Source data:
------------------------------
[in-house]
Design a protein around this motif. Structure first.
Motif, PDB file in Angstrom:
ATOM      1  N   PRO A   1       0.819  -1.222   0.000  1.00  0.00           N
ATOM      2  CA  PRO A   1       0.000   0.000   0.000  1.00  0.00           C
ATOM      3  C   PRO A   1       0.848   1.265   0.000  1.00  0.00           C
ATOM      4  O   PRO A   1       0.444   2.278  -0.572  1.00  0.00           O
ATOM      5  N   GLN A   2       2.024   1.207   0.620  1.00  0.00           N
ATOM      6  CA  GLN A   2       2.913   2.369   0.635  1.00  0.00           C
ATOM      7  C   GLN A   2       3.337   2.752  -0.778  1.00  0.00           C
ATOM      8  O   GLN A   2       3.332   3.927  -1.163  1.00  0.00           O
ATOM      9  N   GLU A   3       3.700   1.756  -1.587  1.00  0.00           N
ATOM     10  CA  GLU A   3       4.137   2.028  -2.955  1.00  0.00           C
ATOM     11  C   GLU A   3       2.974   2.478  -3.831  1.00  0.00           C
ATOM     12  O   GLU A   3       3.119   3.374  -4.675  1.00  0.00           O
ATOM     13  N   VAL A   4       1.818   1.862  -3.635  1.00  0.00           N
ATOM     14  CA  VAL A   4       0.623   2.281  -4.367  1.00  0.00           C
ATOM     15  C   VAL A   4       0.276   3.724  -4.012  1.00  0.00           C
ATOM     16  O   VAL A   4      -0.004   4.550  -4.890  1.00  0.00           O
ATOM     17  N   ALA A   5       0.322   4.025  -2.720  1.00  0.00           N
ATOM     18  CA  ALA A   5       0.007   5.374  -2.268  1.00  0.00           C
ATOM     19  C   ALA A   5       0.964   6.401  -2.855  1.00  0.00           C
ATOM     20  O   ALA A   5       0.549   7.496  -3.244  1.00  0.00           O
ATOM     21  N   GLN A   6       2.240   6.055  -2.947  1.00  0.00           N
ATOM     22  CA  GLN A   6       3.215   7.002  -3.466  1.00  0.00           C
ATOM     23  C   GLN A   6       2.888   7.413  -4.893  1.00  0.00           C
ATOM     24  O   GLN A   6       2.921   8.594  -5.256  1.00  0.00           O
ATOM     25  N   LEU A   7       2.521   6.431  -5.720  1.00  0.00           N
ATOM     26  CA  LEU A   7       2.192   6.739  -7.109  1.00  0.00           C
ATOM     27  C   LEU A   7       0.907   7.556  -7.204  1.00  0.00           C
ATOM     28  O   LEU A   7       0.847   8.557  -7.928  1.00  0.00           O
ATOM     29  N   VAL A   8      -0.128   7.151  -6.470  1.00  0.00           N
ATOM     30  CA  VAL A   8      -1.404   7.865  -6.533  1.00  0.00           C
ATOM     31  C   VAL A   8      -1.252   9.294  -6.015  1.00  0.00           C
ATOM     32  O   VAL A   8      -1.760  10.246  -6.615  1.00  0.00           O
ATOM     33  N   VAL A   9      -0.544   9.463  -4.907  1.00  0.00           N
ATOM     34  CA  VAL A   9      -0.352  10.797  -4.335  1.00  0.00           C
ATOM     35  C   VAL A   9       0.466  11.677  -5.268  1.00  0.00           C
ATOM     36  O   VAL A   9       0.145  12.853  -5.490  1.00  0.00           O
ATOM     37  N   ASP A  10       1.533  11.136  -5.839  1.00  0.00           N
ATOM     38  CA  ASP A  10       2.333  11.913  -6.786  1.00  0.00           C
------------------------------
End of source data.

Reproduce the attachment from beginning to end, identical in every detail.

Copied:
[in-house]
Design a protein around this motif. Structure first.
Motif, PDB file in Angstrom:
ATOM      1  N   PRO A   1       0.819  -1.222   0.000  1.00  0.00           N
ATOM      2  CA  PRO A   1       0.000   0.000   0.000  1.00  0.00           C
ATOM      3  C   PRO A   1       0.848   1.265   0.000  1.00  0.00           C
ATOM      4  O   PRO A   1       0.444   2.278  -0.572  1.00  0.00           O
ATOM      5  N   GLN A   2       2.024   1.207   0.620  1.00  0.00           N
ATOM      6  CA  GLN A   2       2.913   2.369   0.635  1.00  0.00           C
ATOM      7  C   GLN A   2       3.337   2.752  -0.778  1.00  0.00           C
ATOM      8  O   GLN A   2       3.332   3.927  -1.163  1.00  0.00           O
ATOM      9  N   GLU A   3       3.700   1.756  -1.587  1.00  0.00           N
ATOM     10  CA  GLU A   3       4.137   2.028  -2.955  1.00  0.00           C
ATOM     11  C   GLU A   3       2.974   2.478  -3.831  1.00  0.00           C
ATOM     12  O   GLU A   3       3.119   3.374  -4.675  1.00  0.00           O
ATOM     13  N   VAL A   4       1.818   1.862  -3.635  1.00  0.00           N
ATOM     14  CA  VAL A   4       0.623   2.281  -4.367  1.00  0.00           C
ATOM     15  C   VAL A   4       0.276   3.724  -4.012  1.00  0.00           C
ATOM     16  O   VAL A   4      -0.004   4.550  -4.890  1.00  0.00           O
ATOM     17  N   ALA A   5       0.322   4.025  -2.720  1.00  0.00           N
ATOM     18  CA  ALA A   5       0.007   5.374  -2.268  1.00  0.00           C
ATOM     19  C   ALA A   5       0.964   6.401  -2.855  1.00  0.00           C
ATOM     20  O   ALA A   5       0.549   7.496  -3.244  1.00  0.00           O
ATOM     21  N   GLN A   6       2.240   6.055  -2.947  1.00  0.00           N
ATOM     22  CA  GLN A   6       3.215   7.002  -3.466  1.00  0.00           C
ATOM     23  C   GLN A   6       2.888   7.413  -4.893  1.00  0.00           C
ATOM     24  O   GLN A   6       2.921   8.594  -5.256  1.00  0.00           O
ATOM     25  N   LEU A   7       2.521   6.431  -5.720  1.00  0.00           N
ATOM     26  CA  LEU A   7       2.192   6.739  -7.109  1.00  0.00           C
ATOM     27  C   LEU A   7       0.907   7.556  -7.204  1.00  0.00           C
ATOM     28  O   LEU A   7       0.847   8.557  -7.928  1.00  0.00           O
ATOM     29  N   VAL A   8      -0.128   7.151  -6.470  1.00  0.00           N
ATOM     30  CA  VAL A   8      -1.404   7.865  -6.533  1.00  0.00           C
ATOM     31  C   VAL A   8      -1.252   9.294  -6.015  1.00  0.00           C
ATOM     32  O   VAL A   8      -1.760  10.246  -6.615  1.00  0.00           O
ATOM     33  N   VAL A   9      -0.544   9.463  -4.907  1.00  0.00           N
ATOM     34  CA  VAL A   9      -0.352  10.797  -4.335  1.00  0.00           C
ATOM     35  C   VAL A   9       0.466  11.677  -5.268  1.00  0.00           C
ATOM     36  O   VAL A   9       0.145  12.853  -5.490  1.00  0.00           O
ATOM     37  N   ASP A  10       1.533  11.136  -5.839  1.00  0.00           N
ATOM     38  CA  ASP A  10       2.333  11.913  -6.786  1.00  0.00           C